Trowels, not just for Archaeology Anymore- Day 7

We continued working on Frank’s house today. It has really come together, we have all 4 walls up and painted, the tin roof attached, the windows installed, and the septic tank built. I spent almost all my time working on the septic tank. It is made of a concrete floor with cinder blocks running 5 registers high. A student and I worked on it most of the day and we both got pretty well versed at how to lay the mortar with a trowel and trim the bricks. And yes, you read that correctly archaeology friends, I had to use a trowel to lay the mortar and it is a lot more violent action than when I use it in Italy. We are pretty far along with the house considering we didn’t start till 11:30 today and we have a short pause for a downpour.

I also learned more about how Belizeans keep time. While talking with James and Alfonso, James asked what time it was. Alfonso answered 3:30; I said that it was actually 3:18. Alfonso turned to me and said, “yeah, 3:30.” For a Belizean the time is lumped together by the quarter hours which also explains a lot about their ability (or lack there of) to keep time.

This morning we had the chance to visit the Hand in Hand Outreach Center. It started as an HIV/AIDS clinic but because of the stigma connected with the disease they changed their focus to helping poor families by giving them a place to send their children for pre-school (with a focus on getting them tested for HIV and also vaccinated for other illnesses and also educating them about the diseases). The clinic is in a small but tall building and has a good size staff (they had only 2 in the early 2000’s). We got to hear a variety of songs sung by the kids and then we saw their lesson on the color purple. After that (since they are kids after all) it was play time. One of the girls was celebrating her birthday and after singing happy birthday to her, 4 kids got to give her 4 hugs (a nice way to show love without money). A few of the kids snagged my sunglasses (a common thing among Belize kids) and started wearing them around. It was really fun to play with them and we were all sad that we had to leave but glad we were going to help Frank.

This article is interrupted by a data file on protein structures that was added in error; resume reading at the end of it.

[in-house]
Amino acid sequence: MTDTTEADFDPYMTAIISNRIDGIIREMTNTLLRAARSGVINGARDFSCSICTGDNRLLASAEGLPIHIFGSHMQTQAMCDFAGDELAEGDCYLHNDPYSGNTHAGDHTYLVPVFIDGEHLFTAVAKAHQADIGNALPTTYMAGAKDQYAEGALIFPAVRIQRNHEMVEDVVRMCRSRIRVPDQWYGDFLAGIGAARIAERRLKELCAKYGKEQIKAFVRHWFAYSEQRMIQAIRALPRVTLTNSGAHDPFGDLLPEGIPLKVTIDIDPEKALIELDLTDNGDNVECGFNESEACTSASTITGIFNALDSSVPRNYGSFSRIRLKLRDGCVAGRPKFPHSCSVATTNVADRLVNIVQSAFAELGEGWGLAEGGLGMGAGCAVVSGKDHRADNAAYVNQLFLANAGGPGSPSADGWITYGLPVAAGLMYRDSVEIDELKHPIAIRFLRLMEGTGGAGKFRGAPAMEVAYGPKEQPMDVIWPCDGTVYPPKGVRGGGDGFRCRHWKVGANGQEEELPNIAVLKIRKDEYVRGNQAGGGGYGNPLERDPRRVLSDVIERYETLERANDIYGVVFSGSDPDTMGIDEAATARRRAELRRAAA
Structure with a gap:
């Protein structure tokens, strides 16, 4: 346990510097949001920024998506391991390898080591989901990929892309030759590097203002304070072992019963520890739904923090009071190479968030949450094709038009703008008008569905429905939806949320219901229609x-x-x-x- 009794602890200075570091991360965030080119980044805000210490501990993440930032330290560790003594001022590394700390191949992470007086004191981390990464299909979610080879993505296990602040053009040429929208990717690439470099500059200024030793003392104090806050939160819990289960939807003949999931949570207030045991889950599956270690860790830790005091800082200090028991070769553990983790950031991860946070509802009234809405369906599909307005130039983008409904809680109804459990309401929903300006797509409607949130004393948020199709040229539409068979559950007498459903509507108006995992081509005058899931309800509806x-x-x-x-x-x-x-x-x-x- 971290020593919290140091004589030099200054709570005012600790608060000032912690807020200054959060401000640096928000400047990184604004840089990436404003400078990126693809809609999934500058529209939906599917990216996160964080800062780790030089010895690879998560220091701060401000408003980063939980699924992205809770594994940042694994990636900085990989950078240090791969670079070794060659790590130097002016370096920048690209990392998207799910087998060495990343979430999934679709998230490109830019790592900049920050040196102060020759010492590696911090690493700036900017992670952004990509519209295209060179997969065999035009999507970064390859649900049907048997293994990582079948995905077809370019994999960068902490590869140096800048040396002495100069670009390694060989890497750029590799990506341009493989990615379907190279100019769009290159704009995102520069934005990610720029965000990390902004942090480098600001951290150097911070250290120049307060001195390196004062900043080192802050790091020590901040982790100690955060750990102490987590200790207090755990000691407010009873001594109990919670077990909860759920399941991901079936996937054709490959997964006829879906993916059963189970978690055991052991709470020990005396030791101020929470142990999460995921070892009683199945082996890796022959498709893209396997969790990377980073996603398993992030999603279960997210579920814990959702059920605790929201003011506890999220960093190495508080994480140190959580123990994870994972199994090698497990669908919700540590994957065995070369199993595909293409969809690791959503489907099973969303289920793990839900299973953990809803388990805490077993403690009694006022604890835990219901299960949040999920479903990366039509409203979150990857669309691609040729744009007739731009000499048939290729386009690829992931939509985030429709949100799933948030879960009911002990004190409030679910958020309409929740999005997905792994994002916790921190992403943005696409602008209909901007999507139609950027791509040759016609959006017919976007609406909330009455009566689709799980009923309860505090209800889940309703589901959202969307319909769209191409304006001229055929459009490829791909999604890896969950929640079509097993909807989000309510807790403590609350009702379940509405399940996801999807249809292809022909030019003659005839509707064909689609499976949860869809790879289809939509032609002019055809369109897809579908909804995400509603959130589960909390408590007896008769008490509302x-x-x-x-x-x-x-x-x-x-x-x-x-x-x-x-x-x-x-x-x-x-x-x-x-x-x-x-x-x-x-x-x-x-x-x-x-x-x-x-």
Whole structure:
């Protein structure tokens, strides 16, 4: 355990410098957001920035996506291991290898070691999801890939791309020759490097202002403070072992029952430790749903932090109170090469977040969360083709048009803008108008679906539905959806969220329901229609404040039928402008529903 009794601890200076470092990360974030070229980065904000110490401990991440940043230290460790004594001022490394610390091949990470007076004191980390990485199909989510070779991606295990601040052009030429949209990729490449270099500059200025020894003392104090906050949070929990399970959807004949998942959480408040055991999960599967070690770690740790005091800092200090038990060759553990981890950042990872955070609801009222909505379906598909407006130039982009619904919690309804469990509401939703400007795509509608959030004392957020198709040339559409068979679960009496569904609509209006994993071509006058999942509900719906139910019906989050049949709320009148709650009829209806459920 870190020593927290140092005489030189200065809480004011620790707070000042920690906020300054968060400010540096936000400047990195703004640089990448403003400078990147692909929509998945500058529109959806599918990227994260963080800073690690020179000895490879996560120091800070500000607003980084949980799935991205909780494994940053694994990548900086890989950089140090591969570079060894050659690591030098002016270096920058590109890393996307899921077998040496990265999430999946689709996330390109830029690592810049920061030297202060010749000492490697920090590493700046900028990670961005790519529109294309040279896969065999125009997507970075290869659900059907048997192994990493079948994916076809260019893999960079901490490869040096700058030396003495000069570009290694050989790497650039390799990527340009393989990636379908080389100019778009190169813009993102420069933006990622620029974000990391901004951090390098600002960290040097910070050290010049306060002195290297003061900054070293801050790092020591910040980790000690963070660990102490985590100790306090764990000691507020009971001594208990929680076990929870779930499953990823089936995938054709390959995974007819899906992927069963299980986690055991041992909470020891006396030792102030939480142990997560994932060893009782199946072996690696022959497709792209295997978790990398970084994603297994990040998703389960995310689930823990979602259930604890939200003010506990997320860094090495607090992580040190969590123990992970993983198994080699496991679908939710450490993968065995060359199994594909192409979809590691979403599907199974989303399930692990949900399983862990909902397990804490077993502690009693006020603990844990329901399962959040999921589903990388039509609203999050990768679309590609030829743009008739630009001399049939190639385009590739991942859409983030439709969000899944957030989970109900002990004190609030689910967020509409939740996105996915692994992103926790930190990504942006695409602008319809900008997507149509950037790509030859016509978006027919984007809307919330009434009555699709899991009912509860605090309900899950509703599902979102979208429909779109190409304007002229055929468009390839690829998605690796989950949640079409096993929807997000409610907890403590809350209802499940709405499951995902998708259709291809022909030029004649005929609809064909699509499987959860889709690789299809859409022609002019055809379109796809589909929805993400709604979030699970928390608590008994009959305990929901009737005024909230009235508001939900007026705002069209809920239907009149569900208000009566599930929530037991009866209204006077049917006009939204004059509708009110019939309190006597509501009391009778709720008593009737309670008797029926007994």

One thing that was brought up in the students’ discussion tonight and that I have noticed over the last few days here in Belize is that the people have a very simple but strong faith in God. It is nice to be around people who are not questioning everything or distracted by so much technology (I know hypocritical to say as I update my online blog). But I mean it, Frank has so little and he is so happy. The kids in PG and in the Outreach Center are so improvised and yet have more fun with playing games and meeting new people. It is really nice.

Well that is all for now. We should be done with the house sometime tomorrow (finger’s crossed and Chaac, the Mayan sky/lighting/rain god being appeased).

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About handyatmurlo

I am a Latin teacher at Regis Jesuit High School. I earned my MA at CU Boulder and my BA at UMass Amherst. I have spent my summers working in Italy as an archaeologist at three different sites. One I have worked at for 10 years at Poggio Civitate at Vescovado di Murlo. I have worked at the Villa of Maxentius in Rome for 2 years, before the project ended. I also spent 2 summers at the FSU excavations in Cosa.
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